A big challenge in ergonomics is the increasing layout challenges of different resolutions and aspect ratios on smartphones, tablets, notebooks, desktops and consoles. It is a significant task to manage the laying out of content so that it is easily consumed and to make the interface handle these changes gracefully. A snap and reflow system along with content scaling, which can respond to physical display dimensions, is a critical tool. It may allow suitable designer control to make specific adjustments as required for the wide variety of devices now available.

In embodiments, the application system 100 may support performance of 60 fps frame rate and Ofps idle frame rate. Content created by the application system 100 may enable fast and smooth performance when necessary and reduce performance and device resource consumption when possible.

Input, display, file, audio, network and memory latency are typically present. In embodiments, the application system 100 may be configured to understand and minimize these limitations within the engine 102 as much as possible, then to develop guidelines for app developers where performance gains can be made, such as within a database, image handling and http processing. Performance gains within a database may include use transaction and use in memory mode for inner loops, and streaming images and providing levels of detail within image handling. HTTP processing performance gains may include using asynchronous processing modes and showing users a progress indicator.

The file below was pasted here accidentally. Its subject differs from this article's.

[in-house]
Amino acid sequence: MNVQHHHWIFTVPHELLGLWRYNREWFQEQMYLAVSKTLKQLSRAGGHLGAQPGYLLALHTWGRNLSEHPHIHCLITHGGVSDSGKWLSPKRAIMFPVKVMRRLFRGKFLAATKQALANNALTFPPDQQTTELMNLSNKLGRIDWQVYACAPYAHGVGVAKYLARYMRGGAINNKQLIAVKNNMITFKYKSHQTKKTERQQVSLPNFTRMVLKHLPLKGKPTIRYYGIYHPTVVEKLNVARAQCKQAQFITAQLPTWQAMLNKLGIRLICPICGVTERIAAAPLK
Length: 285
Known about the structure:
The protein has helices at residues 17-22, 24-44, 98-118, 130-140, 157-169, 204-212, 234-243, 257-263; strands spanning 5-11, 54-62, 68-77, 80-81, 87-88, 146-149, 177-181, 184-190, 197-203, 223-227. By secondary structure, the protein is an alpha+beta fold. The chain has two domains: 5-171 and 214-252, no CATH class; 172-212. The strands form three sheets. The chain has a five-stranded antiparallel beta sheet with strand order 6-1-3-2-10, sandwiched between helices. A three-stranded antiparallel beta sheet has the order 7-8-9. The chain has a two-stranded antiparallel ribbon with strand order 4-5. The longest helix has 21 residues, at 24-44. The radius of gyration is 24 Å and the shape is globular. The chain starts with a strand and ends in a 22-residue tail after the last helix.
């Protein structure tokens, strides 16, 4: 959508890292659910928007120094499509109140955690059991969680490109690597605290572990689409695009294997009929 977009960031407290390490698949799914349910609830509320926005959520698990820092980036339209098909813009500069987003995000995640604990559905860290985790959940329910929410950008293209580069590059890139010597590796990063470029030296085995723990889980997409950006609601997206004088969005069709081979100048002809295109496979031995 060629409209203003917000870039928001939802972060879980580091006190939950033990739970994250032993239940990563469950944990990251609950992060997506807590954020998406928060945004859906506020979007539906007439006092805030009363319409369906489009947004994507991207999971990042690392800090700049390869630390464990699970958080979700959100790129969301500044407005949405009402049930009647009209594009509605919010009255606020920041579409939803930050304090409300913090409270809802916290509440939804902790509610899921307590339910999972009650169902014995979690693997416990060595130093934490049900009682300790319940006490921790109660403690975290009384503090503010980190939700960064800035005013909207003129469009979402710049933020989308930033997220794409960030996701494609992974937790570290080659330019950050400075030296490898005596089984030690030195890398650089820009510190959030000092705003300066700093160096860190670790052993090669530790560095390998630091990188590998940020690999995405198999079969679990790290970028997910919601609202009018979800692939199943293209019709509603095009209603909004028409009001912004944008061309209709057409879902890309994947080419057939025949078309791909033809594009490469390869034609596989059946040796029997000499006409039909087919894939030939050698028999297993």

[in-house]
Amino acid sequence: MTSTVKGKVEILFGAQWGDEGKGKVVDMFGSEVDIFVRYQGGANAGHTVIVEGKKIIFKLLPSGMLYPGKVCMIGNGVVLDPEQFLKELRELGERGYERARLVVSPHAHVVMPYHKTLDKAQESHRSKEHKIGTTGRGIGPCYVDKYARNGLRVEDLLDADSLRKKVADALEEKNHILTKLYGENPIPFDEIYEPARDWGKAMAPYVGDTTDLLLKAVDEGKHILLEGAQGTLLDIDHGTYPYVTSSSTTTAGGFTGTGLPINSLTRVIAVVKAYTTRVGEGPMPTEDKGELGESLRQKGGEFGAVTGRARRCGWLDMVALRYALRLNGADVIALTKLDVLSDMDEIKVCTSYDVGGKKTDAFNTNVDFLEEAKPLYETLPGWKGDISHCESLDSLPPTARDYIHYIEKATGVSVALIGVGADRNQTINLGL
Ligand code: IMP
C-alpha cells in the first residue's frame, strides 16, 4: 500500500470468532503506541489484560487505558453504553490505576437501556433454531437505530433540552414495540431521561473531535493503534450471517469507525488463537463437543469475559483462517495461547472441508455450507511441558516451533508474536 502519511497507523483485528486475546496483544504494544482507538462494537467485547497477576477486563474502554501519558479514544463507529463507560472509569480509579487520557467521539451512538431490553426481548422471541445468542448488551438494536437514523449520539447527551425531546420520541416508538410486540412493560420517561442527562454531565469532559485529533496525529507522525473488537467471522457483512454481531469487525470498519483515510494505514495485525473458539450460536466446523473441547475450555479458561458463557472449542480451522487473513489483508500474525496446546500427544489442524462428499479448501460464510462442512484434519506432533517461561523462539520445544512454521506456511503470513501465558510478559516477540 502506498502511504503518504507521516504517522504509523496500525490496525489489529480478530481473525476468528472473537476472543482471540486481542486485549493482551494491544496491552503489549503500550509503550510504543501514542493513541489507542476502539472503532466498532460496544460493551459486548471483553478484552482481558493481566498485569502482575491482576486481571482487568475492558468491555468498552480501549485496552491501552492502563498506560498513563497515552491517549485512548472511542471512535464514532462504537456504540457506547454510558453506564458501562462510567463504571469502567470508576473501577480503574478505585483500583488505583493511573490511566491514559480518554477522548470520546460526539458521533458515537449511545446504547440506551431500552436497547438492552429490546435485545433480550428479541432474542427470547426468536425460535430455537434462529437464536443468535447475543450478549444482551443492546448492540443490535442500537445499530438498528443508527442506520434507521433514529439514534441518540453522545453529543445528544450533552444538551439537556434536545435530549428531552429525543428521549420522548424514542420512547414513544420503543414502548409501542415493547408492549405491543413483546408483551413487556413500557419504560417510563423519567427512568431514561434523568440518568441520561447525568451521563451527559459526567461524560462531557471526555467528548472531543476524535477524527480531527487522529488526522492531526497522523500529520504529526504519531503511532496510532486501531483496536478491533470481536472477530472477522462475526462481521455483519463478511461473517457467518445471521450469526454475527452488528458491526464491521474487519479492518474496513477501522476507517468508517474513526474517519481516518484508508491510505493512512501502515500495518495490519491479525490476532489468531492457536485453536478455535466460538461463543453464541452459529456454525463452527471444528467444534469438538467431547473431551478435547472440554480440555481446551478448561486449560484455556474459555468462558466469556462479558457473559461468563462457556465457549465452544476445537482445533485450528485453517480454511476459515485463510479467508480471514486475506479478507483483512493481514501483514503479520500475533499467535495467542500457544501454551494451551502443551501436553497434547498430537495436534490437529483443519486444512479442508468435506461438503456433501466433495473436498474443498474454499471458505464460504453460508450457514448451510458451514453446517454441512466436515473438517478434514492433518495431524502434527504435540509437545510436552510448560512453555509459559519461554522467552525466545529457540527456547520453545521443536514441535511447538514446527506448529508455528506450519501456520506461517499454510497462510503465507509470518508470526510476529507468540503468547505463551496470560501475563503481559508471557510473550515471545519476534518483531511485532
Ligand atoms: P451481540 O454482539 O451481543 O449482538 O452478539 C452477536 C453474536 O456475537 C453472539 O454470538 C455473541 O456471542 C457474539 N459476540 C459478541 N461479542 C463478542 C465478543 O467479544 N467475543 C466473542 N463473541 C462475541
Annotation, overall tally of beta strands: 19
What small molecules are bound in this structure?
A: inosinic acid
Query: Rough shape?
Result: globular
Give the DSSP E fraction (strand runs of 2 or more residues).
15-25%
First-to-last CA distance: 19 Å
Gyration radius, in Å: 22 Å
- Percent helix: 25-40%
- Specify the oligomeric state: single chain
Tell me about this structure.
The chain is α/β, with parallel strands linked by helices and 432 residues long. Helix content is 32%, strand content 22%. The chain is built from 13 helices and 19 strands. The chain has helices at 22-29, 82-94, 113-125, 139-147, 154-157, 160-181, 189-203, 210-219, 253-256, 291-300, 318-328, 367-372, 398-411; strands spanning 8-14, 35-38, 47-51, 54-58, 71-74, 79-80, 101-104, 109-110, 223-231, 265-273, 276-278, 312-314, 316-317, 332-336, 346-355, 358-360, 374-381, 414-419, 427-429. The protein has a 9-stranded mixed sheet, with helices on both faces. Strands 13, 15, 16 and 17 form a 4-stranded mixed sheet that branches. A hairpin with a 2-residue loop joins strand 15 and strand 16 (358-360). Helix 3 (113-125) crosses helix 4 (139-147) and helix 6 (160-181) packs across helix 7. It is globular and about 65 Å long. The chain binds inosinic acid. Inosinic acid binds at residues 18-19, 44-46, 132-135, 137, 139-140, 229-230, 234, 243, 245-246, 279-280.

Among other features, the declarative language 140 may include capabilities for handling parameters relating to states 130, choices, and actions. In many applications, state 130 is an important parameter to communicate in some way to users. For example, in an application for painting, a relevant state 130 might be that a pen is selected with a clear highlight, and the state 130 may also include where the pen is in place. A choice may be presented to a user so that content created by the application system 100 may be required to refocus the user on the foreground and drop out the background. By making state 130, and the resulting choices or action options clear, intended users may find applications developed by the application system 100 more intuitive and less frustrating.